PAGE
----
Even as coronavirus cases were identified at the camp, with one of the man’s dorm mates testing positive and others displaying symptoms, the asylum seeker said his pleas for the Home Office to take action continued to be ignored until this past weekend. 

As the Home Office began transferring asylum seekers out of the camp Saturday, the asylum seeker was moved to a separate room at Napier after starting to show symptoms. 

“I had known one person had tested positive … and he was very close to my private space, but there were several people who had continuous coughing,” he said. 

On Thursday, he was told that he would be moved off-site.

Inspector investigating

Naughton said she was “heartbroken … but not surprised” by the situation at Napier. 

“People were warning that this was going to happen, and now, it has happened,” she said.

In the wake of the outbreak, the U.K.’s independent chief inspector of borders and immigration (ICIBI) has launched an investigation into the use of hotels and barracks as “contingency asylum accommodation” since the start of 2020.

Josie Naughton, the founder of London-based charity Choose Love, says she is heartbroken but ‘not surprised’ by the coronavirus outbreak at the Napier Barracks. (Choose Love)

On Monday, the ICIBI issued a call for evidence, asking anyone with “relevant knowledge or experience” to come forward.

“This inspection … will focus on the roles and responsibilities of the Home Office and the accommodation service providers, and of other parties,” ICIBI said in a press release.

‘Everyone feels afraid’ 

Asylum seekers at the Penally camp say the coronavirus outbreak at Napier appears to have been something of a wake-up call for staff with Clearsprings, which also oversees accommodations at that site.

“The camp management [has taken] it very seriously now,” one asylum seeker, who also spoke on the condition of confidentiality, told the CBC. “They distributed sanitizers to every room and did some other things to prevent any possible spread.”

The dining area at the Penally Training Camp in Wales, where asylum seekers say they fear an outbreak like the one in Napier. (Name withheld)

Workers have started wearing face masks at all times and have begun distributing food and cutlery to residents in the dining room, rather than having residents collect them.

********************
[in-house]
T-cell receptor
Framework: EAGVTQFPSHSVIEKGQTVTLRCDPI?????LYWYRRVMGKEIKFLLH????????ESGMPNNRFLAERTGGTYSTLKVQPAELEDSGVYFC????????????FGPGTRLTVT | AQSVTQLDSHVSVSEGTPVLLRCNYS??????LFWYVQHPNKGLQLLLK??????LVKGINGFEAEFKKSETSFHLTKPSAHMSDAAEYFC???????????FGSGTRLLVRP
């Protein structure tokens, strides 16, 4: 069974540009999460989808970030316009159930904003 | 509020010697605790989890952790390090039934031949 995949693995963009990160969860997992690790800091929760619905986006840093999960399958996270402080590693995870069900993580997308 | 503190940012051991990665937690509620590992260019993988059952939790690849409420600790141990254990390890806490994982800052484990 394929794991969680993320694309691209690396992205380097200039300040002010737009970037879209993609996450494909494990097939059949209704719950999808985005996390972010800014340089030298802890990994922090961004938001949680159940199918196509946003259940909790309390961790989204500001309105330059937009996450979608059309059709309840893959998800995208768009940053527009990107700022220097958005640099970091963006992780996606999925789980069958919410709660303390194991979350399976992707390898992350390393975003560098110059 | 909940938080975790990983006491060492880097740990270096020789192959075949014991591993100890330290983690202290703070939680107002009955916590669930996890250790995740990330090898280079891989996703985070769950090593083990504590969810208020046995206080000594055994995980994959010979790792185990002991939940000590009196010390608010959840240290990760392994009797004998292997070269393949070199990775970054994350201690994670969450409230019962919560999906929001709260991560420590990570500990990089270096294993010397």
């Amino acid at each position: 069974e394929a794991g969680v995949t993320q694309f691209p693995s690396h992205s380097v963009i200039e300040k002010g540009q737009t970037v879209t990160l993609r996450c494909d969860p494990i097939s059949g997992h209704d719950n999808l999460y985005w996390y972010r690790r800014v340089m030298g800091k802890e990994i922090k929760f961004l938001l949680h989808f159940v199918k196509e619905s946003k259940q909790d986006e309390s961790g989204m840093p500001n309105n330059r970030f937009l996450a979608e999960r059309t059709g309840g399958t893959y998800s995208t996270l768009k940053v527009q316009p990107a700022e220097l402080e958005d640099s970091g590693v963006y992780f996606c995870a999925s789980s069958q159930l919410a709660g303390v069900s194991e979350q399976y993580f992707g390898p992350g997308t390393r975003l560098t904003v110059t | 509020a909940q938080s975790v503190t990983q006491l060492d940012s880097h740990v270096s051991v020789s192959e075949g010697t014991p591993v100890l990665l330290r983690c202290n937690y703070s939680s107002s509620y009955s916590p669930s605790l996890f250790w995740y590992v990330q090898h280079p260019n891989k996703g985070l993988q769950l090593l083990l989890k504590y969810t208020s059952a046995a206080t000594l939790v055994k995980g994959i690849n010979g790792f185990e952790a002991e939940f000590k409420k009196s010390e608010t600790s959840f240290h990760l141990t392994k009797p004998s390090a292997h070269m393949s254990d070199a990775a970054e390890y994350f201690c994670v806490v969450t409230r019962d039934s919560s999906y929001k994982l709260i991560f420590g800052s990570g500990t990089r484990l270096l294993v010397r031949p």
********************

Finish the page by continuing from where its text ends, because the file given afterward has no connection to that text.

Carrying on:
However, asylum seekers at the camp are still sharing dorm rooms, with anywhere from two to six people per room while in common areas, including the dining area and TV room, asylum seekers say no social distancing rules appear to be enforced. 

“It gets very crowded from time to time,” the asylum seeker said. 

Another man living at the Penally camp told CBC he and others at the camp fear an out break like the one at Napier.

“Everyone feels afraid, never [being] able to social distance here,” he said. “We fear our camp will be like Kent.”

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District of trepidation: Fear of violence upends U.S. capital before inauguration

In a moment of nation-splintering turmoil, an incoming American president, Abraham Lincoln, travelled by train to his inauguration in Washington, D.C., in a nerve-racking ride cloaked in disguise as he faced threats to his life.

Now, 160 years later, an incoming president has cancelled plans for a train ride to Washington.

It was supposed to be a symbolic journey highlighting Joe Biden’s decades-long habit of riding the rails to D.C. each day from his family home in Delaware.

Instead, it has taken on a sad new symbolism, of an American capital clenched shut in fear of political violence at Wednesday’s inauguration.

The question nagging at residents here, and at security analysts, is whether the Jan. 6 attack on the U.S. Capitol was the worst of a passing storm, a one-off, or the start of a dark era of political violence.

What’s already clear is this will be no normal inauguration. The American capital has transformed into a heavily armed and tightly barricaded fortress.

“Clearly, we are in uncharted waters,” Washington Mayor Muriel Bowser told a news conference last week, urging tourists to stay away from her city during the inauguration.

Fences are now up around Washington’s downtown. Thousands of soldiers are patrolling the streets, bridges are blocked, parking garages are shut, bicycle-sharing services are suspended, Airbnb reservations are cancelled, and residents are being urged on neighbourhood chat groups against renting rooms to tourists.

U.S. president-elect Joe Biden, seen here riding an Amtrak train in 2011, had planned to ride to his inauguration on the same train route between Delaware and D.C. that he rode daily for decades. That plan is reportedly cancelled amid security concerns. (Larry Downing/Reuters)

Suspicion strikes Capitol Hill neighbourhood

Security concerns are most acute in the neighbourhood near the Capitol.

Lawyer Matt Scarlato already has an overnight bag packed in case unrest spills into his neighbourhood and he’s forced to flee the city with his family.

He lives near one of the new security barriers near Capitol Hill, where police are forcing residents on some streets to show ID if they want to access their home.

Scarlato was working from home the day of the riot in the Capitol building, when unexploded bombs were found near political party offices. 

On Jan. 6, Matt Scarlato, who lives near the Capitol, scrambled to pick up his child from daycare and threw a baseball bat into his car out of fear the violence would escalate. (Matt Scarlato)